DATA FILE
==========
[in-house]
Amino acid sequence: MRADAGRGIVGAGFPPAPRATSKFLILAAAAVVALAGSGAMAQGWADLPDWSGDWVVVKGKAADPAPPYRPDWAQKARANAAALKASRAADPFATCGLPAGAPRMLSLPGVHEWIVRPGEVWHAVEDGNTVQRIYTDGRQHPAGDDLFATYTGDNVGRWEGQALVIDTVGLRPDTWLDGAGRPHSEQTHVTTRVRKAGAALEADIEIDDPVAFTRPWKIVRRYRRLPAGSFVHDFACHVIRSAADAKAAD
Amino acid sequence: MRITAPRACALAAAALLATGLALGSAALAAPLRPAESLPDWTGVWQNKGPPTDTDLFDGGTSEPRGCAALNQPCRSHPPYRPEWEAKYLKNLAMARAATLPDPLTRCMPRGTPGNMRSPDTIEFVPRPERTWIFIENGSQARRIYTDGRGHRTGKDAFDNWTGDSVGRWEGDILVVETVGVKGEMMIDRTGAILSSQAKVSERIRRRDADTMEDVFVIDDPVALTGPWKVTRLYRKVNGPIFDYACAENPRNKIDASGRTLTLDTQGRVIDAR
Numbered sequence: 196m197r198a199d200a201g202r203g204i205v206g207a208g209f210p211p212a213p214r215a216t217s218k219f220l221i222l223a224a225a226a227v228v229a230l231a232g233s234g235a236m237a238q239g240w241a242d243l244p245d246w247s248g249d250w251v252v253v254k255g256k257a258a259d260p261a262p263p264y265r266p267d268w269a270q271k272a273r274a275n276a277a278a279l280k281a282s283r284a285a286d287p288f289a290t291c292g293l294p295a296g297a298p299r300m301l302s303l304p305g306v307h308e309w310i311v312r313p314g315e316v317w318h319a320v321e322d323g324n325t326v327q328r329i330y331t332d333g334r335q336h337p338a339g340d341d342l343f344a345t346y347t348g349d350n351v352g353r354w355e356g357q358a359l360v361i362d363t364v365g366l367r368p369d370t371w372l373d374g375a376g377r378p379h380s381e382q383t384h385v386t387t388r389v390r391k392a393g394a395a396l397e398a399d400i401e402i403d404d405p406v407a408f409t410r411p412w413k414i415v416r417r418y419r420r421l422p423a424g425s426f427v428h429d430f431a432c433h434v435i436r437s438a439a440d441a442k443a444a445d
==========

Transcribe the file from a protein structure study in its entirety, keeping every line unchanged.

[in-house]
Amino acid sequence: MRADAGRGIVGAGFPPAPRATSKFLILAAAAVVALAGSGAMAQGWADLPDWSGDWVVVKGKAADPAPPYRPDWAQKARANAAALKASRAADPFATCGLPAGAPRMLSLPGVHEWIVRPGEVWHAVEDGNTVQRIYTDGRQHPAGDDLFATYTGDNVGRWEGQALVIDTVGLRPDTWLDGAGRPHSEQTHVTTRVRKAGAALEADIEIDDPVAFTRPWKIVRRYRRLPAGSFVHDFACHVIRSAADAKAAD
Amino acid sequence: MRITAPRACALAAAALLATGLALGSAALAAPLRPAESLPDWTGVWQNKGPPTDTDLFDGGTSEPRGCAALNQPCRSHPPYRPEWEAKYLKNLAMARAATLPDPLTRCMPRGTPGNMRSPDTIEFVPRPERTWIFIENGSQARRIYTDGRGHRTGKDAFDNWTGDSVGRWEGDILVVETVGVKGEMMIDRTGAILSSQAKVSERIRRRDADTMEDVFVIDDPVALTGPWKVTRLYRKVNGPIFDYACAENPRNKIDASGRTLTLDTQGRVIDAR
Numbered sequence: 196m197r198a199d200a201g202r203g204i205v206g207a208g209f210p211p212a213p214r215a216t217s218k219f220l221i222l223a224a225a226a227v228v229a230l231a232g233s234g235a236m237a238q239g240w241a242d243l244p245d246w247s248g249d250w251v252v253v254k255g256k257a258a259d260p261a262p263p264y265r266p267d268w269a270q271k272a273r274a275n276a277a278a279l280k281a282s283r284a285a286d287p288f289a290t291c292g293l294p295a296g297a298p299r300m301l302s303l304p305g306v307h308e309w310i311v312r313p314g315e316v317w318h319a320v321e322d323g324n325t326v327q328r329i330y331t332d333g334r335q336h337p338a339g340d341d342l343f344a345t346y347t348g349d350n351v352g353r354w355e356g357q358a359l360v361i362d363t364v365g366l367r368p369d370t371w372l373d374g375a376g377r378p379h380s381e382q383t384h385v386t387t388r389v390r391k392a393g394a395a396l397e398a399d400i401e402i403d404d405p406v407a408f409t410r411p412w413k414i415v416r417r418y419r420r421l422p423a424g425s426f427v428h429d430f431a432c433h434v435i436r437s438a439a440d441a442k443a444a445d